On June 4, 2019, the House Appropriations Committee approved the Agriculture, Rural Development, Food and Drug Administration, and Related Agencies spending bill. This bill provides $24.3 billion in discretionary funding for fiscal year (FY) 2020, which is an increase of over $1 billion compared to 2019 and is $6.8 billion more than the President’s request. Any new bill should reduce spending, not increase it, especially in light of the nation’s $22 trillion debt.
This Issue Brief, though, outlines five policy riders that should be included in the FY 2020 agriculture spending bill. While nothing is easy to pass in Congress, these recommended riders would offer some specific and concrete changes Congress could make that are “low-hanging fruit.” A common thread running through these reforms is that they should not be controversial.
Specifically, Congress should pass riders that would:
1) Prohibit the USDA from Issuing ARC or PLC Payments to a Farmer in the Same Year the Farmer Has Already Received a Crop Insurance Indemnity.
Taxpayers provide about $15 billion a year to agricultural producers, primarily to help the largest producers meet their revenue targets—as opposed to helping farmers when they experience actual crop losses. Agricultural producers can receive support from the Agricultural Risk Coverage (ARC) or Price Loss Coverage (PLC) programs and the federal crop insurance program to cover price declines and revenue shortfalls in the same year.
According to the Environmental Working Group, “for the 2014 and 2015 growing seasons, the ARC program paid out $10.4 billion and the PLC program paid out $2.7 billion. In the same years, the revenue-based crop insurance program paid out $10.7 billion for the same crops that received ARC and PLC payments.” This duplication or “double dipping” needs to be stopped.
In years when farmers receive a crop insurance indemnity to help with revenue, the U.S. Department of Agriculture (USDA) should not also provide them an ARC or PLC payment. Taxpayers are already forced to generously and inappropriately insulate farmers from competing in the marketplace by helping them with price and revenue risk. It is duplicative, unnecessary, and wasteful to force taxpayers to also provide those same producers with more than one federal revenue-related payment in the same year.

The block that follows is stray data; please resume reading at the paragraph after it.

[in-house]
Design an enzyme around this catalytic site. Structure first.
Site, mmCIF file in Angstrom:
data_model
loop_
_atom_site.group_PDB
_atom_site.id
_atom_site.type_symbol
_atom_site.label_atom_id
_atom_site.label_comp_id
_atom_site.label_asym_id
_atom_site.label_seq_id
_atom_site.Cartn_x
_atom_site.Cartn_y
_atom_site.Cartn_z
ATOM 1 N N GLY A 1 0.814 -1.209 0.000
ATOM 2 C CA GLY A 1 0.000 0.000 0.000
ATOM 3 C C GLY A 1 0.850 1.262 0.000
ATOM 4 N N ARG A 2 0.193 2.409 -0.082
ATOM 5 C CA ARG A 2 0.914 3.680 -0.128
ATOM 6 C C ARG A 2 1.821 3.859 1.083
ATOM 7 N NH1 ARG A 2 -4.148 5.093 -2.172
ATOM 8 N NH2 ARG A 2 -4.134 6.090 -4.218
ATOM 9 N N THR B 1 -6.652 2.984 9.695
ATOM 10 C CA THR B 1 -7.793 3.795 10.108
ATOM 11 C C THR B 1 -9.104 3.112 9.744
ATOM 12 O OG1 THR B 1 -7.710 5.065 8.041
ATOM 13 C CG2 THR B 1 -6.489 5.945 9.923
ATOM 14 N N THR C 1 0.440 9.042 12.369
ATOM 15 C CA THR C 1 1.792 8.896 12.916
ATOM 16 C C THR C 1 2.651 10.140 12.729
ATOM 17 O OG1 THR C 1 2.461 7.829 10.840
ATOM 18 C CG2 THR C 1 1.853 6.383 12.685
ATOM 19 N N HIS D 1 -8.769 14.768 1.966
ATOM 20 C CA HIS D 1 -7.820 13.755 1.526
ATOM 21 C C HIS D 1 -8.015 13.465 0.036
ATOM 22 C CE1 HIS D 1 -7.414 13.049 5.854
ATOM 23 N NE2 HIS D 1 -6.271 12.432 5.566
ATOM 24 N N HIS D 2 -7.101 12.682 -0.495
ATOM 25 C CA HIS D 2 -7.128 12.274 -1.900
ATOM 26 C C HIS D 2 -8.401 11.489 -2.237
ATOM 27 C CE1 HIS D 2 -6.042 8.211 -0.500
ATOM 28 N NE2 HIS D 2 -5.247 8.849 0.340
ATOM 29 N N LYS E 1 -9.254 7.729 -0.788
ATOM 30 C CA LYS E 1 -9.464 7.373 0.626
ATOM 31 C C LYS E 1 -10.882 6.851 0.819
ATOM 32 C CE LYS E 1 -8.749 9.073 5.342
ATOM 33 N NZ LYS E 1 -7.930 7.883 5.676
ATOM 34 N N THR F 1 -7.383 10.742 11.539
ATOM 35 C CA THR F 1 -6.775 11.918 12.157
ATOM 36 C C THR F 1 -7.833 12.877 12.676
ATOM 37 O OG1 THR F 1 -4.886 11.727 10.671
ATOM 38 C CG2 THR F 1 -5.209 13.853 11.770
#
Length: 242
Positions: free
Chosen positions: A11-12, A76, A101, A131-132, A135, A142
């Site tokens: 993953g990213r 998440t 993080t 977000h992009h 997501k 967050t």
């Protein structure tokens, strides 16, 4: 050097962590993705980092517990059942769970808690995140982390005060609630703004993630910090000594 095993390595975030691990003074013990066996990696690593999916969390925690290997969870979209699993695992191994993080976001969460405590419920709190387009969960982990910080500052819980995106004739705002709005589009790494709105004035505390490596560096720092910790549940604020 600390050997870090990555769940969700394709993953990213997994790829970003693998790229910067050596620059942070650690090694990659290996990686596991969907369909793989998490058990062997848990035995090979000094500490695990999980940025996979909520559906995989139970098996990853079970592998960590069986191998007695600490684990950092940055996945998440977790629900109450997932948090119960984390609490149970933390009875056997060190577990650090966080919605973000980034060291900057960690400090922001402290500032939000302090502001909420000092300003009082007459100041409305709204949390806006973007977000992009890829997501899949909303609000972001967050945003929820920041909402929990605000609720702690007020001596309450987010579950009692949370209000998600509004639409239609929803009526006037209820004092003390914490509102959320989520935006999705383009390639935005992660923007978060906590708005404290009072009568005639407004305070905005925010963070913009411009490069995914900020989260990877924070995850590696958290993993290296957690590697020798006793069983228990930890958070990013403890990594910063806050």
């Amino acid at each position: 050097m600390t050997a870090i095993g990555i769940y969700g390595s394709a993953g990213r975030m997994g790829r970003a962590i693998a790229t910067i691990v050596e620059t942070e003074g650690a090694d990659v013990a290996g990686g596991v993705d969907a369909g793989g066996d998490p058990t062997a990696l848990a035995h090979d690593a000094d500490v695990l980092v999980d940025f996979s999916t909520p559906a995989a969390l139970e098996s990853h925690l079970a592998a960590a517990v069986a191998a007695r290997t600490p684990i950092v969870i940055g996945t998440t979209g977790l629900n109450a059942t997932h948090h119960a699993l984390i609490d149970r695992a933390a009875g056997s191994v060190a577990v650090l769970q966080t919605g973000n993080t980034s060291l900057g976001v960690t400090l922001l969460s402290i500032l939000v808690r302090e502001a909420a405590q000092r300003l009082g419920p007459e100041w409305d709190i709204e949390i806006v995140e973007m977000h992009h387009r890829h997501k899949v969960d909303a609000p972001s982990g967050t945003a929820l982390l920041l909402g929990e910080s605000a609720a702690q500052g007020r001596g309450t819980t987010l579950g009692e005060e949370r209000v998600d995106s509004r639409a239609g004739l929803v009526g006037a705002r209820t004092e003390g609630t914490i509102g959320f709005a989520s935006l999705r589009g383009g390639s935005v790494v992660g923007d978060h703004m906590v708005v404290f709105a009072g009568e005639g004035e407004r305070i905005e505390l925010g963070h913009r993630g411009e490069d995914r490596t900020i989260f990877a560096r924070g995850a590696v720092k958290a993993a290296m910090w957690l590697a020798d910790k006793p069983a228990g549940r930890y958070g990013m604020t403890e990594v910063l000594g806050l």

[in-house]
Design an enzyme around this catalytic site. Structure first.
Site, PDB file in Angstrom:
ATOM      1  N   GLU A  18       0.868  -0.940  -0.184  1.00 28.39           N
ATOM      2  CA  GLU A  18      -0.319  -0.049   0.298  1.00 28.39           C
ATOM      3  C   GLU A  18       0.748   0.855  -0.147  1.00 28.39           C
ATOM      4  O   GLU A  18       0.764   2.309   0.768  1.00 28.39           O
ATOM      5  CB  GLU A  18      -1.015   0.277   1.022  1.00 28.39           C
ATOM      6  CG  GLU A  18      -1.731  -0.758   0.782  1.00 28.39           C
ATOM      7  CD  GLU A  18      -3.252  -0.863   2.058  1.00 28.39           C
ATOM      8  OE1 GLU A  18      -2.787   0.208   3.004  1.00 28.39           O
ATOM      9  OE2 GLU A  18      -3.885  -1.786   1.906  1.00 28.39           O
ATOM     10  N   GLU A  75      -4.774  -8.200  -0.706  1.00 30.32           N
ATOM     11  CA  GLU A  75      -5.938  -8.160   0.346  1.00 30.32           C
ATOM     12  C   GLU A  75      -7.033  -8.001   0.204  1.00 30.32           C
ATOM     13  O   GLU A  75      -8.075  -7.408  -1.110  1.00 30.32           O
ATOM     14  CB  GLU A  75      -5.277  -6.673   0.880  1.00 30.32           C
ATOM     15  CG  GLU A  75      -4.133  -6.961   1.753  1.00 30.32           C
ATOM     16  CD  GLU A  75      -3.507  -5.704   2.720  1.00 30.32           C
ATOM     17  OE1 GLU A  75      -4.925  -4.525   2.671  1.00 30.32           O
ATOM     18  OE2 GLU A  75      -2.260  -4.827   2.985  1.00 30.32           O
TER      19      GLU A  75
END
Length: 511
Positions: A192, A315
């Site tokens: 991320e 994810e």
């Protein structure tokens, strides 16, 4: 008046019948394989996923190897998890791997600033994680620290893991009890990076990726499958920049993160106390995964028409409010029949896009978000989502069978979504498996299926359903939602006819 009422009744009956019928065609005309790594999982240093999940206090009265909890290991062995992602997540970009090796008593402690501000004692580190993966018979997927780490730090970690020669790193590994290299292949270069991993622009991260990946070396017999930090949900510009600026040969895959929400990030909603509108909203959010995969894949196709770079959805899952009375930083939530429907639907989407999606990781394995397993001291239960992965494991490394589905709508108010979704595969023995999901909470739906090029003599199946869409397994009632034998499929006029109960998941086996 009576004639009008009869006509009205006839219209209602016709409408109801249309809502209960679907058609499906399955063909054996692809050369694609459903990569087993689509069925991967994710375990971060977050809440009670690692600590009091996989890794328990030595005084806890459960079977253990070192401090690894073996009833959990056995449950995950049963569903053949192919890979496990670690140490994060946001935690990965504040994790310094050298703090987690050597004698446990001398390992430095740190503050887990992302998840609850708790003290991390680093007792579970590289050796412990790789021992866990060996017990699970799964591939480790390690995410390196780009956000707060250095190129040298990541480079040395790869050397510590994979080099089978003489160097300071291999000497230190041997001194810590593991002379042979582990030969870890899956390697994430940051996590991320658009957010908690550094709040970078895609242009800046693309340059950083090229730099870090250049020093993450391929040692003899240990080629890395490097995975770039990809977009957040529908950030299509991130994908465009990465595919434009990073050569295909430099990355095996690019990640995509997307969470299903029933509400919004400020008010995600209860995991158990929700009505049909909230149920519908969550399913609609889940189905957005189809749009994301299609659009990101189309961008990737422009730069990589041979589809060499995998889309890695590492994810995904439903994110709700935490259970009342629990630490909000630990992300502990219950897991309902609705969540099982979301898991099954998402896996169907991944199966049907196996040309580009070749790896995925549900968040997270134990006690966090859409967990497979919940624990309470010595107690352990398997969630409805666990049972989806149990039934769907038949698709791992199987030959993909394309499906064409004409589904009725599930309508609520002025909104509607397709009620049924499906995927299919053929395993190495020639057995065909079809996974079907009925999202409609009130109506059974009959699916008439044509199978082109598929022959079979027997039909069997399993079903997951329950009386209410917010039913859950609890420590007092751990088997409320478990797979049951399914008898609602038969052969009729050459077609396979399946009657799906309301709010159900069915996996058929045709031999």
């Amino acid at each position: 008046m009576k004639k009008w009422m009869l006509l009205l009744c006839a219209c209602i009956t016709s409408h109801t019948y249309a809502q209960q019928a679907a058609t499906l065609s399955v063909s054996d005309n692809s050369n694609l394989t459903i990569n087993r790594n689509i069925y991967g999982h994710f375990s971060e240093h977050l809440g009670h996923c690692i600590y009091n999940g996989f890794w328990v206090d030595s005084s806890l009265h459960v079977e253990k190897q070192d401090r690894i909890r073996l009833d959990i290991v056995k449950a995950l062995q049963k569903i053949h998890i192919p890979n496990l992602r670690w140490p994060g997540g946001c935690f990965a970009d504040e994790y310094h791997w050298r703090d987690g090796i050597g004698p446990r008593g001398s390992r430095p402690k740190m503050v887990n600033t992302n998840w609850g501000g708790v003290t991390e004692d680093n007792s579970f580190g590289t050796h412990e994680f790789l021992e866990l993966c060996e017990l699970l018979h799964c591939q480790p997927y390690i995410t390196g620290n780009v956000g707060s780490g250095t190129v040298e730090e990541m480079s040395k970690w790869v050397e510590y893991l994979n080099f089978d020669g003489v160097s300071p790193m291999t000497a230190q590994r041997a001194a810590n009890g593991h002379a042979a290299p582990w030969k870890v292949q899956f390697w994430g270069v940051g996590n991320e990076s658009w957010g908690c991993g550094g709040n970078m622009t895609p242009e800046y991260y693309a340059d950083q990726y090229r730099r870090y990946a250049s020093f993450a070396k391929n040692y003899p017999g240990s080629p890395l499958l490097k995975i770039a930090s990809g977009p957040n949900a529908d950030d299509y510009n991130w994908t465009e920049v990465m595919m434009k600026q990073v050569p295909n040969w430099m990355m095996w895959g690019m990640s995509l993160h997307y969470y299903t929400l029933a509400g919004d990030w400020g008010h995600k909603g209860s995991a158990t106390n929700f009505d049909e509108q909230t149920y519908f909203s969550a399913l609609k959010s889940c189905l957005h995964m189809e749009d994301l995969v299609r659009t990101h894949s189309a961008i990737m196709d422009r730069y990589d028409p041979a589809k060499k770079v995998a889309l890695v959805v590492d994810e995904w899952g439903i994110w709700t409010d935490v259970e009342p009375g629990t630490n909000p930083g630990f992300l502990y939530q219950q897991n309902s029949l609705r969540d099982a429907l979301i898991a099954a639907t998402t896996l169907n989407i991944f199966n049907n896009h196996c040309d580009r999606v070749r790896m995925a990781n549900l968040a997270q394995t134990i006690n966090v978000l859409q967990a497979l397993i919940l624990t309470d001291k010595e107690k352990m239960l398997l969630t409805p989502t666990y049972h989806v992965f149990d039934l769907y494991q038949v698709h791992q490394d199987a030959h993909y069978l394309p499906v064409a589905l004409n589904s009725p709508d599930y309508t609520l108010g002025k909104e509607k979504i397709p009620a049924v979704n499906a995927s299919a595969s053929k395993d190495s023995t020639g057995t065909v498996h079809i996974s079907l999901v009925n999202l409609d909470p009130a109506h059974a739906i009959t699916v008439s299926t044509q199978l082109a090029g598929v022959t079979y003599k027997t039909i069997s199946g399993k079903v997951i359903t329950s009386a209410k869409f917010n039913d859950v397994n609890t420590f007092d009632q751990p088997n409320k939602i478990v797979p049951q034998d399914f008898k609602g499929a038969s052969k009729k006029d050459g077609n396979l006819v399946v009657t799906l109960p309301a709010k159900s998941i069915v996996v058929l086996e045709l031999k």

2) Direct the USDA to Develop a Transparent and More Detailed Way for Americans to Learn Who Receives Farm Subsidies and What Farm Subsidies They Receive.
The USDA does have data and publications that help to get some sense of who receives farm subsidies. However, there should be aggregate data readily available (including online) that detail the number of farmers who participate in crop insurance, receive indemnities, receive other farm bill assistance (such as ARC/PLC payments and conservation payments), and receive ad-hoc disaster assistance in a specific year. The public should be able to know who is receiving these subsidies, the characteristics of the subsidy recipients (e.g., farm household income and wealth, commodities grown), the amount of the subsidies, and when these producers receive multiple payments in a year—as well as how often they receive multiple payments.